Lauren is an uptight go-getter, a sort of cousin to the Marnie character in Lena Dunham’s Girls, and not having a control over her love life or her home life does not work for her. Katie is a free spirit (after all, we first meet her when she’s pole-dancing in her own home) who works a ton of jobs to make ends meet and likes to pretend she’s writing a book (well, she could write a book!). And, yes, one of Katie’s jobs is as a phone sex operator. Which she does from the home. The girls are already scandalized by standard roommate quibbles – Katie being viciously protective of her stuff, Lauren leaving hair on the soap, bathroom time no longer existing as a private time – but that’s nothing compared to straight-laced Lauren having to hear her nutty roommate talking all sexy through the walls (who has an even bigger secret than the one about her occupation, this one involving, of all things, her heart).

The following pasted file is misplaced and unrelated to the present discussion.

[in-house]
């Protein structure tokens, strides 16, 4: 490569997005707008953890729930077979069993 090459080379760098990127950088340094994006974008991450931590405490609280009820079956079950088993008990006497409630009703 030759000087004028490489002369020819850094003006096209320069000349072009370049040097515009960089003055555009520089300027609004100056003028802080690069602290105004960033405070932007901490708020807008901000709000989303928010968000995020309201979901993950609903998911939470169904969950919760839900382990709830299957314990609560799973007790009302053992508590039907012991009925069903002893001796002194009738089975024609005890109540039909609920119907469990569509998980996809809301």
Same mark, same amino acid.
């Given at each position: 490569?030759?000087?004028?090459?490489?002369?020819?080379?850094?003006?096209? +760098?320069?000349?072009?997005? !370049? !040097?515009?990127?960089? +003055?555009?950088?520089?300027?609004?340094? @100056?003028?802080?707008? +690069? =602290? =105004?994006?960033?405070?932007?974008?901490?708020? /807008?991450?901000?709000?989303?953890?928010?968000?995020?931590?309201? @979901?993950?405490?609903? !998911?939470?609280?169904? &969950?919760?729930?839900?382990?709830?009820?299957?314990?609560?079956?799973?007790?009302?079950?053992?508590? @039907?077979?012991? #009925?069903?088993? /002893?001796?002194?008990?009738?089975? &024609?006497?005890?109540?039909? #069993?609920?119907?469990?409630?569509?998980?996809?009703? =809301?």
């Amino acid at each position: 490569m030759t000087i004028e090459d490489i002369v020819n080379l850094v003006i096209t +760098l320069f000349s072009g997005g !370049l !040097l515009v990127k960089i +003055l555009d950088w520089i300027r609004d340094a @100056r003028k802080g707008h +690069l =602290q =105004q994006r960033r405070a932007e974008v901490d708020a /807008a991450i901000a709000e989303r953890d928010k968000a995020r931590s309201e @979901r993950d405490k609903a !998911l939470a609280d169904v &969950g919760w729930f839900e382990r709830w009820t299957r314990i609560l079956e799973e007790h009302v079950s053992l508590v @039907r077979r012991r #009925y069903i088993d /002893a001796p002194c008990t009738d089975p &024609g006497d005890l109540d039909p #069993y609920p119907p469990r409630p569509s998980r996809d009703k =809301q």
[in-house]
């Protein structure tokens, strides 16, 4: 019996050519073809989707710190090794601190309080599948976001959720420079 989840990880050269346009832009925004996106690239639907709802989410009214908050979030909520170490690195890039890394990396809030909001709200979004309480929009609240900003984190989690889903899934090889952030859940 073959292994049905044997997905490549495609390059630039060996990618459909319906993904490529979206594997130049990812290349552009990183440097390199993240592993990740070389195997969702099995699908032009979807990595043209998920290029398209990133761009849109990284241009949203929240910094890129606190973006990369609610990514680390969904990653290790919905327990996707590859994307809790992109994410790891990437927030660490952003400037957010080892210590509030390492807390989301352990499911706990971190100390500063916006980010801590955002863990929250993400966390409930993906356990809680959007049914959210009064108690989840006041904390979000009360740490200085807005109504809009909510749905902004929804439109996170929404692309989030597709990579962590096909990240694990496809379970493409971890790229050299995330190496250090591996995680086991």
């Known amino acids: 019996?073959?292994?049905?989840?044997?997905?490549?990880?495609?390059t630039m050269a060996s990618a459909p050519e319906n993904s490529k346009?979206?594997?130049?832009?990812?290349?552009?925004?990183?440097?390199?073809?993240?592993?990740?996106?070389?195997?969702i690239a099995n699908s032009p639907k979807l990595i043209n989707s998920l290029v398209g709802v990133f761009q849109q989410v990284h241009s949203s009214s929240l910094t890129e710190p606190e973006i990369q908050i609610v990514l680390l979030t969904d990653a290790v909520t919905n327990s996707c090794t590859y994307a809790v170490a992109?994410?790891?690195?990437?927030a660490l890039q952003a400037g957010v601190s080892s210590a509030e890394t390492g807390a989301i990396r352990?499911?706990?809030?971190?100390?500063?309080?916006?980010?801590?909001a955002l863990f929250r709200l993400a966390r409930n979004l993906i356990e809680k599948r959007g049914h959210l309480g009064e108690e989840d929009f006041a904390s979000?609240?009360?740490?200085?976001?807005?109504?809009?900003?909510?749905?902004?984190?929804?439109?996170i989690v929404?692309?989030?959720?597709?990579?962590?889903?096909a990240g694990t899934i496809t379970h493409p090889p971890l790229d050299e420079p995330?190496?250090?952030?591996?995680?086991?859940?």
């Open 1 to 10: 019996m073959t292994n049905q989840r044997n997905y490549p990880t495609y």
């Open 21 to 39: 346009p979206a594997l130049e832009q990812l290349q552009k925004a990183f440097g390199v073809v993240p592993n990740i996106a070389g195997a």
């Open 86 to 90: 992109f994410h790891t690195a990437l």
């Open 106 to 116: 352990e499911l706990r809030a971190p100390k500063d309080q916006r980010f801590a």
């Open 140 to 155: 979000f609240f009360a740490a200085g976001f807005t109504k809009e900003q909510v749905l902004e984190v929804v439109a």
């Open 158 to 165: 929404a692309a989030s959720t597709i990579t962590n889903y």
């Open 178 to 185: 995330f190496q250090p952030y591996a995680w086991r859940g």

And then Lauren loses her job. The plot of For A Good Time, Call… is no secret (they start a sex line!), but Miller and Naylon’s script makes sure to get there organically. Lauren doesn’t just need money, she needs something to do with all of her wasted business skills. And Katie doesn’t need a partner, she needs someone to guide her and support her. Bound by their needs, Katie and Lauren start up their very own line, with Katie purring away to their various customers (including a few fun cameos) while Lauren heads up the business side of things. It’s a set-up that works (and works well) because Katie and Lauren are so firmly established by Miller and Naylon’s script and Graynor and Miller’s performances. These girls feel real, fleshed out, and fresh – and Graynor and Miller are unafraid of getting really raunchy, steamy, and dirty when the job calls for it. It’s a sex line – there’s sex talk, and it makes For A Good Time, Call… feel believable and relatable, even if we’re tittering and cringing all at the same time.